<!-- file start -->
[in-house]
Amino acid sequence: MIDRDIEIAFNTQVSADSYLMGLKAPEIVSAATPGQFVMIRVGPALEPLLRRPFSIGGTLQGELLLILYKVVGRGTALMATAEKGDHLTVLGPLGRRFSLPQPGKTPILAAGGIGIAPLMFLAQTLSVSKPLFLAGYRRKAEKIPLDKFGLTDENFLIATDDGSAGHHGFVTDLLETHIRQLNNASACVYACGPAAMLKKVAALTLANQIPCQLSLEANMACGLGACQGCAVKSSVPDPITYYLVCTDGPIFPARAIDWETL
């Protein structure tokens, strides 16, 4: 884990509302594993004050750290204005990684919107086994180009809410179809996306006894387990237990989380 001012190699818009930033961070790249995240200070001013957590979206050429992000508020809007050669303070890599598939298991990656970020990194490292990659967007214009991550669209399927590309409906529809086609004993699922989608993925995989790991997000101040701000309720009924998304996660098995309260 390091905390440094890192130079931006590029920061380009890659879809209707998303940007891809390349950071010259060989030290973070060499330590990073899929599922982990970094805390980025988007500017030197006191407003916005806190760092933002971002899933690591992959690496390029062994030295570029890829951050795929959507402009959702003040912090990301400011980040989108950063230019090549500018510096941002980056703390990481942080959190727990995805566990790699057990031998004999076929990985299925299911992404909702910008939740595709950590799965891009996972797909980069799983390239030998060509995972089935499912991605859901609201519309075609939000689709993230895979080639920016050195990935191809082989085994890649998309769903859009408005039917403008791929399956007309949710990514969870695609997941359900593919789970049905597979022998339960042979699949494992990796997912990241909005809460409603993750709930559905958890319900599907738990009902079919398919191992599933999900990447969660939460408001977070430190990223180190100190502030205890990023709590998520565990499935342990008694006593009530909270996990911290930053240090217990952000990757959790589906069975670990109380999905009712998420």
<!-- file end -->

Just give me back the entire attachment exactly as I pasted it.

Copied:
[in-house]
Amino acid sequence: MIDRDIEIAFNTQVSADSYLMGLKAPEIVSAATPGQFVMIRVGPALEPLLRRPFSIGGTLQGELLLILYKVVGRGTALMATAEKGDHLTVLGPLGRRFSLPQPGKTPILAAGGIGIAPLMFLAQTLSVSKPLFLAGYRRKAEKIPLDKFGLTDENFLIATDDGSAGHHGFVTDLLETHIRQLNNASACVYACGPAAMLKKVAALTLANQIPCQLSLEANMACGLGACQGCAVKSSVPDPITYYLVCTDGPIFPARAIDWETL
């Protein structure tokens, strides 16, 4: 884990509302594993004050750290204005990684919107086994180009809410179809996306006894387990237990989380 001012190699818009930033961070790249995240200070001013957590979206050429992000508020809007050669303070890599598939298991990656970020990194490292990659967007214009991550669209399927590309409906529809086609004993699922989608993925995989790991997000101040701000309720009924998304996660098995309260 390091905390440094890192130079931006590029920061380009890659879809209707998303940007891809390349950071010259060989030290973070060499330590990073899929599922982990970094805390980025988007500017030197006191407003916005806190760092933002971002899933690591992959690496390029062994030295570029890829951050795929959507402009959702003040912090990301400011980040989108950063230019090549500018510096941002980056703390990481942080959190727990995805566990790699057990031998004999076929990985299925299911992404909702910008939740595709950590799965891009996972797909980069799983390239030998060509995972089935499912991605859901609201519309075609939000689709993230895979080639920016050195990935191809082989085994890649998309769903859009408005039917403008791929399956007309949710990514969870695609997941359900593919789970049905597979022998339960042979699949494992990796997912990241909005809460409603993750709930559905958890319900599907738990009902079919398919191992599933999900990447969660939460408001977070430190990223180190100190502030205890990023709590998520565990499935342990008694006593009530909270996990911290930053240090217990952000990757959790589906069975670990109380999905009712998420």